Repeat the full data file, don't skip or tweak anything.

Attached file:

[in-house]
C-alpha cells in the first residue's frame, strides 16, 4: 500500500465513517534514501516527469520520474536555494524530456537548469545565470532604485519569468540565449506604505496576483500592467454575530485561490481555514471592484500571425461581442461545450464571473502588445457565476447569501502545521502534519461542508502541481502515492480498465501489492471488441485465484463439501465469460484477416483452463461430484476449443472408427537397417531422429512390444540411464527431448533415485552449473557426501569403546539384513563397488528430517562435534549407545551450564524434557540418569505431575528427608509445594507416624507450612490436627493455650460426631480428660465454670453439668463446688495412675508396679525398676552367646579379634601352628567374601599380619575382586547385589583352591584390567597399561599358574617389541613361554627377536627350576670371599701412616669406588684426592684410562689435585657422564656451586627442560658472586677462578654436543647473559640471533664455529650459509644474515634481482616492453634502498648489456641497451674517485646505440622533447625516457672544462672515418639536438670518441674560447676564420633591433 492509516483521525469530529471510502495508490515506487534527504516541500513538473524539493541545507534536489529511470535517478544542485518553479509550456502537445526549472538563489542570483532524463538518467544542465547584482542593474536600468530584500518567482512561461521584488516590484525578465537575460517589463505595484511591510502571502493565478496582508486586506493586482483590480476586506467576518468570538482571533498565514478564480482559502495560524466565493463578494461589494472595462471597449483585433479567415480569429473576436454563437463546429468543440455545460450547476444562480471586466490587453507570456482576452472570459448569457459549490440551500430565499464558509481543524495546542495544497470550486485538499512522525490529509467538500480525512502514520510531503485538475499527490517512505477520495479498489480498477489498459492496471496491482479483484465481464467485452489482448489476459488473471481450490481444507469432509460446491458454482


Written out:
[in-house]
C-alpha cells in the first residue's frame, strides 16, 4: 500500500465513517534514501516527469520520474536555494524530456537548469545565470532604485519569468540565449506604505496576483500592467454575530485561490481555514471592484500571425461581442461545450464571473502588445457565476447569501502545521502534519461542508502541481502515492480498465501489492471488441485465484463439501465469460484477416483452463461430484476449443472408427537397417531422429512390444540411464527431448533415485552449473557426501569403546539384513563397488528430517562435534549407545551450564524434557540418569505431575528427608509445594507416624507450612490436627493455650460426631480428660465454670453439668463446688495412675508396679525398676552367646579379634601352628567374601599380619575382586547385589583352591584390567597399561599358574617389541613361554627377536627350576670371599701412616669406588684426592684410562689435585657422564656451586627442560658472586677462578654436543647473559640471533664455529650459509644474515634481482616492453634502498648489456641497451674517485646505440622533447625516457672544462672515418639536438670518441674560447676564420633591433 492509516483521525469530529471510502495508490515506487534527504516541500513538473524539493541545507534536489529511470535517478544542485518553479509550456502537445526549472538563489542570483532524463538518467544542465547584482542593474536600468530584500518567482512561461521584488516590484525578465537575460517589463505595484511591510502571502493565478496582508486586506493586482483590480476586506467576518468570538482571533498565514478564480482559502495560524466565493463578494461589494472595462471597449483585433479567415480569429473576436454563437463546429468543440455545460450547476444562480471586466490587453507570456482576452472570459448569457459549490440551500430565499464558509481543524495546542495544497470550486485538499512522525490529509467538500480525512502514520510531503485538475499527490517512505477520495479498489480498477489498459492496471496491482479483484465481464467485452489482448489476459488473471481450490481444507469432509460446491458454482